Now, the other aspect of language access in health care has to do with civil rights, specifically Title 6, which states very clearly that no person in the United States — it doesn’t have anything to do with your immigration status or nationality — will on the grounds of their race, color or national origin be excluded from, denied the benefits of or in any way prevented from access to any program or activity receiving any federal financial assistance. I have yet to find one single clinic or doctor’s office that doesn’t take one dime from Medicare or Medicaid. A 1972 lawsuit ruled that nationality necessarily includes language. But until 2000, no one knew how to incorporate this ruling. President Clinton signed Executive Order 1316 in 2000, which essentially obligates all the agencies of the federal government and all recipients of federal financial assistance to come up with what’s called a Language Access Plan; several government departments (like the departments of Justice and Health and Human Services) have templates of access plans on their websites.
A year later, the Office of Minority Health of the Department of Health and Human Services came up with the clas, which stands for culturally and linguistically appropriate services. Of the 15 current standards, five through eight refer specifically to linguistic assistance. So now, if you walk into an emergency room in a hospital, you’re typically going to find a sign written in five or six different languages that says interpreters are available to you at no cost and that health care institutions really need to hire someone who’s qualified to do the job. So first, they need to be tested for proficiency.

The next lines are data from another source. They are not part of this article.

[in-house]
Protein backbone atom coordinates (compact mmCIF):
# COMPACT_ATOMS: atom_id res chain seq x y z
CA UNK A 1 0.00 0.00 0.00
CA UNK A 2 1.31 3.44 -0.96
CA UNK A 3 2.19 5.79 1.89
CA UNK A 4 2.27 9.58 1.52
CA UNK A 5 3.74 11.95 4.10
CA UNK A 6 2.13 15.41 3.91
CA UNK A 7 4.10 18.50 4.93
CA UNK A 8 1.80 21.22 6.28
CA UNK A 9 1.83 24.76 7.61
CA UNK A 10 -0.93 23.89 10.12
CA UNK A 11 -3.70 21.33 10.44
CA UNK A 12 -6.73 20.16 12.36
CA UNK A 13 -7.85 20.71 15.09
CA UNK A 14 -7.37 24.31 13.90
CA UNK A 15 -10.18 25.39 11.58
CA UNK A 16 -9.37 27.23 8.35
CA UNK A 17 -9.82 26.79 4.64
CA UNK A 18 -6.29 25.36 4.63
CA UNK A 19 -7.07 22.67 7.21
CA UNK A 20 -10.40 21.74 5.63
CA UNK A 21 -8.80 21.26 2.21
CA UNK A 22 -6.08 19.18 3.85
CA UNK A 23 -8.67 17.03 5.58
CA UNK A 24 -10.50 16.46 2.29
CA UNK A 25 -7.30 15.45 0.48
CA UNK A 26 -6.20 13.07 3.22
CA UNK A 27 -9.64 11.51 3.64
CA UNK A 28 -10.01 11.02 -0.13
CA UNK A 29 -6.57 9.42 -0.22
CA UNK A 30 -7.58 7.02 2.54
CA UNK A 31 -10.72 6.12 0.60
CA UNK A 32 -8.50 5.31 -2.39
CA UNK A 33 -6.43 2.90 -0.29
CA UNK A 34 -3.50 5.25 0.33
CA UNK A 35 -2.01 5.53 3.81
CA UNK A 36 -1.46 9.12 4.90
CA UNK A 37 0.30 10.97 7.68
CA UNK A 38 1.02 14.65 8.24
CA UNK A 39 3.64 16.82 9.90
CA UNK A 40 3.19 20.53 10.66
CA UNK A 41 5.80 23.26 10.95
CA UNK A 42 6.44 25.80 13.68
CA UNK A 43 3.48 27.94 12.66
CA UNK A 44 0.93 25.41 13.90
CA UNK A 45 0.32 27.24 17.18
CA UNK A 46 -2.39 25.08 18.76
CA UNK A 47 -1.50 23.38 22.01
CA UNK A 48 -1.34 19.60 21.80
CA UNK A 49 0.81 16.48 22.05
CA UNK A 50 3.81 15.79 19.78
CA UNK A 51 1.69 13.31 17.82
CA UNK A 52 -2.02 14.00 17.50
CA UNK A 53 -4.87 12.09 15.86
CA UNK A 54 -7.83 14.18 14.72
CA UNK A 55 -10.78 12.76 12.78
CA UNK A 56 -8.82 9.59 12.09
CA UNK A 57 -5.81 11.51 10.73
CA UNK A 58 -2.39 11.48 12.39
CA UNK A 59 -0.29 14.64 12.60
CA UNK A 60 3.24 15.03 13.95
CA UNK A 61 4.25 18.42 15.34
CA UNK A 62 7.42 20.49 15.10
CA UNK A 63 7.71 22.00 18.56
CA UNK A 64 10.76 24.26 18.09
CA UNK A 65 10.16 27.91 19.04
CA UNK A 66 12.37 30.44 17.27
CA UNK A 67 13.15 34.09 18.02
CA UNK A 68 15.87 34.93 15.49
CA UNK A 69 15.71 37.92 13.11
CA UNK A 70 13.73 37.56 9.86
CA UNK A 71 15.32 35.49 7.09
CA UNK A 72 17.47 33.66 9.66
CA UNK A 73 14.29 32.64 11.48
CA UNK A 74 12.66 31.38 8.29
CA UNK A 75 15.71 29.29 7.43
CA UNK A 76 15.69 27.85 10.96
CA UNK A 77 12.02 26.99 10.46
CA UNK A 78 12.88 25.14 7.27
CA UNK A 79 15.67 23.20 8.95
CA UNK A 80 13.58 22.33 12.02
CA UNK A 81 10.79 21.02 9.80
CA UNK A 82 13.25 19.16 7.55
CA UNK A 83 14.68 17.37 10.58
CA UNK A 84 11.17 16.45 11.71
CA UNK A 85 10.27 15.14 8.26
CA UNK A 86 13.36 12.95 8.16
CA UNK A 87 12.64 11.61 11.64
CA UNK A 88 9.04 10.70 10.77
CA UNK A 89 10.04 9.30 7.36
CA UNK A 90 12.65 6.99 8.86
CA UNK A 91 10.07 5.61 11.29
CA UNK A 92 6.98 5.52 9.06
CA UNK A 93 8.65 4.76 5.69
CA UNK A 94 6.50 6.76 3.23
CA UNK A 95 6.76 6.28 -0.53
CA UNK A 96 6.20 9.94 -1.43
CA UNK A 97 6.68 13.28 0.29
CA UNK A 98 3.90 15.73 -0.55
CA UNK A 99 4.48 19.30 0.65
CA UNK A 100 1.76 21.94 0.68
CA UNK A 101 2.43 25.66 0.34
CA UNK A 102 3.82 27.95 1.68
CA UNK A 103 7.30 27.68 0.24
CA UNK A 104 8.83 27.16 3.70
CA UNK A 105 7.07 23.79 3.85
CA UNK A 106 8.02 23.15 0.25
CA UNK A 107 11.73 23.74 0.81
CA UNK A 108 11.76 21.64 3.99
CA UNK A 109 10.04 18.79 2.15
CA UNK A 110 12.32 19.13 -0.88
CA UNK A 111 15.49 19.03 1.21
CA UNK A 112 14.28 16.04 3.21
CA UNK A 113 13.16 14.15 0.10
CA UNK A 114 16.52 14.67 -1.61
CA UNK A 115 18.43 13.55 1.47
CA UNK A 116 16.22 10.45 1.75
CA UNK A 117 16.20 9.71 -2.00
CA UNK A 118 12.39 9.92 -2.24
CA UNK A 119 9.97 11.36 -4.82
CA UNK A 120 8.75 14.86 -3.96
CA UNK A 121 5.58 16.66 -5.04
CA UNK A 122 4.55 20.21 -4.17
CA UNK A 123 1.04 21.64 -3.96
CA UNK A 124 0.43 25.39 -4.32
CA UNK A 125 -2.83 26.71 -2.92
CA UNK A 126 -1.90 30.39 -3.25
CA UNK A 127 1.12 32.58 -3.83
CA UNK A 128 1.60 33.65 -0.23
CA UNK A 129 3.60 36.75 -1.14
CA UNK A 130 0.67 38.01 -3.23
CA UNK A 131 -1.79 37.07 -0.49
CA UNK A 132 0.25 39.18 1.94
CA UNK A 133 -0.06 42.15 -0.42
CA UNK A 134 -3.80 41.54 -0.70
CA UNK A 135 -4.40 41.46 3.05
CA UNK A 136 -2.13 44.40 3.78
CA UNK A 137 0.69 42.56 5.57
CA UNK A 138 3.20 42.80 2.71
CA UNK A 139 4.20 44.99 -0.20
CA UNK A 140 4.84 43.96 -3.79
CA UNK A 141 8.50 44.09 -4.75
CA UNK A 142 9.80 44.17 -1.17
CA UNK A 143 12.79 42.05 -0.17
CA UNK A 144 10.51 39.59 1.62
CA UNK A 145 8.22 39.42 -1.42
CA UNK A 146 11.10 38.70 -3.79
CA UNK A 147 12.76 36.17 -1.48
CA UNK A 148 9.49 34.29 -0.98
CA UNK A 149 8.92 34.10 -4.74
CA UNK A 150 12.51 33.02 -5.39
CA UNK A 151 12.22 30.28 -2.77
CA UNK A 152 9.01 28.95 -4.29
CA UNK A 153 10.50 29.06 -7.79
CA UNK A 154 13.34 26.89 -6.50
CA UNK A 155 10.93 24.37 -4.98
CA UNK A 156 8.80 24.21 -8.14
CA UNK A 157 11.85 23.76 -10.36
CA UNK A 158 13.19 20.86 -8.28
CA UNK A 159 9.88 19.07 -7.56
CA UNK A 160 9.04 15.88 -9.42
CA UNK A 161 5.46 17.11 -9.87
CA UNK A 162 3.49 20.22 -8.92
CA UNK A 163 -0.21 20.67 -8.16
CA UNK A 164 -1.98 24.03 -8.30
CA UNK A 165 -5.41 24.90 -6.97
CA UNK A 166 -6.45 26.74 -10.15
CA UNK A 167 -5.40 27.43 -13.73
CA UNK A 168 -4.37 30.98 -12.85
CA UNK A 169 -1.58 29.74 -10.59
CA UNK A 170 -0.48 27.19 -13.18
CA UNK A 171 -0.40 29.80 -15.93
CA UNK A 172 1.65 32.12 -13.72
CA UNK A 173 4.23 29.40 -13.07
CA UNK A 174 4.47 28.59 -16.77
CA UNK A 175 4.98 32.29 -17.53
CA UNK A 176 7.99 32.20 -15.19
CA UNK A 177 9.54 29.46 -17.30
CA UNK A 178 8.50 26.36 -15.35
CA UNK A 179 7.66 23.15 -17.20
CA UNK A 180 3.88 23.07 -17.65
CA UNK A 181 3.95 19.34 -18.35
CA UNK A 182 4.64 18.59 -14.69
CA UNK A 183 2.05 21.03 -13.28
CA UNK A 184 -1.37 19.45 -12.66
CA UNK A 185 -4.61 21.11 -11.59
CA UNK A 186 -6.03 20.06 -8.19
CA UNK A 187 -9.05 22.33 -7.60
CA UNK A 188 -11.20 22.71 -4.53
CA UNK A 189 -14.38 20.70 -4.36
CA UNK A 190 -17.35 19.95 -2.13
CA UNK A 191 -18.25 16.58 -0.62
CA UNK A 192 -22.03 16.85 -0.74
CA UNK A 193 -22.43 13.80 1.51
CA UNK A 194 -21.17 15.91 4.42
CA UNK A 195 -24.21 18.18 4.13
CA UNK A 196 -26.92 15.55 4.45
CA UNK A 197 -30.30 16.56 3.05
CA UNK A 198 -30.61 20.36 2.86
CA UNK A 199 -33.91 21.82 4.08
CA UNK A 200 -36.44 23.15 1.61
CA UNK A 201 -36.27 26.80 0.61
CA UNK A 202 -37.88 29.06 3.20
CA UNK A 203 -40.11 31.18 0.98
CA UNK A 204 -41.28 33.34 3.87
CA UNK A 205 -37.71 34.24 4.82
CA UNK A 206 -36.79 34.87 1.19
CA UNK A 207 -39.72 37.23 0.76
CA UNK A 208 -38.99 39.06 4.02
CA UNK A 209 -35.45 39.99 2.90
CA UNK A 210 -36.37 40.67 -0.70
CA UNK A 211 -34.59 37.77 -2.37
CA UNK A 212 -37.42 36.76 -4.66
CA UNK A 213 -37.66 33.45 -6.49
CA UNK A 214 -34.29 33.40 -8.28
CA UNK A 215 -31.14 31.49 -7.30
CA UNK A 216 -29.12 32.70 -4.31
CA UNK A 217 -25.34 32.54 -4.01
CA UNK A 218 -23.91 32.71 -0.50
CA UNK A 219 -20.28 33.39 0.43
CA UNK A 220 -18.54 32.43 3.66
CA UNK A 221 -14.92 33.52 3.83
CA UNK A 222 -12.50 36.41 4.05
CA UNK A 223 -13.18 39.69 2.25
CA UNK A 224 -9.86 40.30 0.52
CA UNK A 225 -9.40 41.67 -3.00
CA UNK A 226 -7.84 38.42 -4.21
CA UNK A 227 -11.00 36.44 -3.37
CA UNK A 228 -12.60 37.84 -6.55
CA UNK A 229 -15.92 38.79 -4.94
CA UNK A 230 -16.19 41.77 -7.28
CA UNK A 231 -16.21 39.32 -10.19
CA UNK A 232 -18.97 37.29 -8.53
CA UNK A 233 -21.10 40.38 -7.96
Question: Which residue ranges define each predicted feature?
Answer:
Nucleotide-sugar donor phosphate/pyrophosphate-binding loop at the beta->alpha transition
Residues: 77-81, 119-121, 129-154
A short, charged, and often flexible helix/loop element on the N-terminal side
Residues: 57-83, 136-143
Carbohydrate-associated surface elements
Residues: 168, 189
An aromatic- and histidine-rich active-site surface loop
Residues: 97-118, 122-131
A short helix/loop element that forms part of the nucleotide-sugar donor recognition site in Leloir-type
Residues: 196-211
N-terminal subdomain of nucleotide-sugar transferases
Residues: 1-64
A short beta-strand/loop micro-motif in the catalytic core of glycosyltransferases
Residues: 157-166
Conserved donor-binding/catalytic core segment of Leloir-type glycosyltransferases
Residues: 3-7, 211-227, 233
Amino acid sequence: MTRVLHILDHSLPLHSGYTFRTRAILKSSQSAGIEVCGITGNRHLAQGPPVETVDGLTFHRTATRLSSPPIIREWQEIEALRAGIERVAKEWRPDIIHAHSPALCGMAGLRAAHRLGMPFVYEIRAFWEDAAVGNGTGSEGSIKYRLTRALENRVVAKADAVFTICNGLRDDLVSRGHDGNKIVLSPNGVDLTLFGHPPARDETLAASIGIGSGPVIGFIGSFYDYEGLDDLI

This is the really weird thing about the clas standards and regulations pertaining to language access. They don’t tell you what the passing threshold is. They do recommend two scales, the American Council on the Teaching of Foreign Languages (actfl) and the Interagency Language Roundtable (ilr), but again, they don’t define what proficient is.
So it sounds like one of the major issues still is: How do you know what a qualified interpreter is?